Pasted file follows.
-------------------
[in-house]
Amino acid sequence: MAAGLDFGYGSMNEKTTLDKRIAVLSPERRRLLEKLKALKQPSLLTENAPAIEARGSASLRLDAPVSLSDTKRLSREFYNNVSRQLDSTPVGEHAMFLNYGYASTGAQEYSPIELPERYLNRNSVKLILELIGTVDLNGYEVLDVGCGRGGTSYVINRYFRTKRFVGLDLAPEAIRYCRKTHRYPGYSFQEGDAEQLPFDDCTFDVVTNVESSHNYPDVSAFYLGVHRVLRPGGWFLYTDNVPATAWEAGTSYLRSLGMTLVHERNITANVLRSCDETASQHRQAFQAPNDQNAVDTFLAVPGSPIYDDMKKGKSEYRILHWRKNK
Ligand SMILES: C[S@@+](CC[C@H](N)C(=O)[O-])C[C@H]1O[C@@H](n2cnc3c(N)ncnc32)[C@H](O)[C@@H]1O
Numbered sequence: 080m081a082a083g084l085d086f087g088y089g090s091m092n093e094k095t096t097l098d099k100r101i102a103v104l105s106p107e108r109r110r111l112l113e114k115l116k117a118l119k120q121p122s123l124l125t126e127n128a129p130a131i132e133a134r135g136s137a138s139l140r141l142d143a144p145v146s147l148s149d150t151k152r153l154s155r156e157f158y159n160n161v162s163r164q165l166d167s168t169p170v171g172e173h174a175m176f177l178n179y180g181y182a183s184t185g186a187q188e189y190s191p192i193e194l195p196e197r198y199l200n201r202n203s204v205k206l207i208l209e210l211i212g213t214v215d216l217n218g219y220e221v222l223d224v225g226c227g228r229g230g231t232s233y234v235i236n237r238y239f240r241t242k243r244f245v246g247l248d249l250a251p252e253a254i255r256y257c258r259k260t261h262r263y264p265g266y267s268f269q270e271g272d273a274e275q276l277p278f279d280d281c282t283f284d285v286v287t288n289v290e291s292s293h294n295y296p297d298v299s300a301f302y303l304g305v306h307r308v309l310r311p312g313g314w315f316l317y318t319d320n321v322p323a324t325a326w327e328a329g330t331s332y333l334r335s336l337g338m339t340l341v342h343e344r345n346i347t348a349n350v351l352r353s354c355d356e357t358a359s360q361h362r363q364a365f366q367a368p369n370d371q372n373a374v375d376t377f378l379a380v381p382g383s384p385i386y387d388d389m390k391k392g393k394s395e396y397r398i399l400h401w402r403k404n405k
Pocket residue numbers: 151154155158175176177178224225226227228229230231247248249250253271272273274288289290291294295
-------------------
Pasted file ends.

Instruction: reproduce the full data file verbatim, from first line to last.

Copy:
[in-house]
Amino acid sequence: MAAGLDFGYGSMNEKTTLDKRIAVLSPERRRLLEKLKALKQPSLLTENAPAIEARGSASLRLDAPVSLSDTKRLSREFYNNVSRQLDSTPVGEHAMFLNYGYASTGAQEYSPIELPERYLNRNSVKLILELIGTVDLNGYEVLDVGCGRGGTSYVINRYFRTKRFVGLDLAPEAIRYCRKTHRYPGYSFQEGDAEQLPFDDCTFDVVTNVESSHNYPDVSAFYLGVHRVLRPGGWFLYTDNVPATAWEAGTSYLRSLGMTLVHERNITANVLRSCDETASQHRQAFQAPNDQNAVDTFLAVPGSPIYDDMKKGKSEYRILHWRKNK
Ligand SMILES: C[S@@+](CC[C@H](N)C(=O)[O-])C[C@H]1O[C@@H](n2cnc3c(N)ncnc32)[C@H](O)[C@@H]1O
Numbered sequence: 080m081a082a083g084l085d086f087g088y089g090s091m092n093e094k095t096t097l098d099k100r101i102a103v104l105s106p107e108r109r110r111l112l113e114k115l116k117a118l119k120q121p122s123l124l125t126e127n128a129p130a131i132e133a134r135g136s137a138s139l140r141l142d143a144p145v146s147l148s149d150t151k152r153l154s155r156e157f158y159n160n161v162s163r164q165l166d167s168t169p170v171g172e173h174a175m176f177l178n179y180g181y182a183s184t185g186a187q188e189y190s191p192i193e194l195p196e197r198y199l200n201r202n203s204v205k206l207i208l209e210l211i212g213t214v215d216l217n218g219y220e221v222l223d224v225g226c227g228r229g230g231t232s233y234v235i236n237r238y239f240r241t242k243r244f245v246g247l248d249l250a251p252e253a254i255r256y257c258r259k260t261h262r263y264p265g266y267s268f269q270e271g272d273a274e275q276l277p278f279d280d281c282t283f284d285v286v287t288n289v290e291s292s293h294n295y296p297d298v299s300a301f302y303l304g305v306h307r308v309l310r311p312g313g314w315f316l317y318t319d320n321v322p323a324t325a326w327e328a329g330t331s332y333l334r335s336l337g338m339t340l341v342h343e344r345n346i347t348a349n350v351l352r353s354c355d356e357t358a359s360q361h362r363q364a365f366q367a368p369n370d371q372n373a374v375d376t377f378l379a380v381p382g383s384p385i386y387d388d389m390k391k392g393k394s395e396y397r398i399l400h401w402r403k404n405k
Pocket residue numbers: 151154155158175176177178224225226227228229230231247248249250253271272273274288289290291294295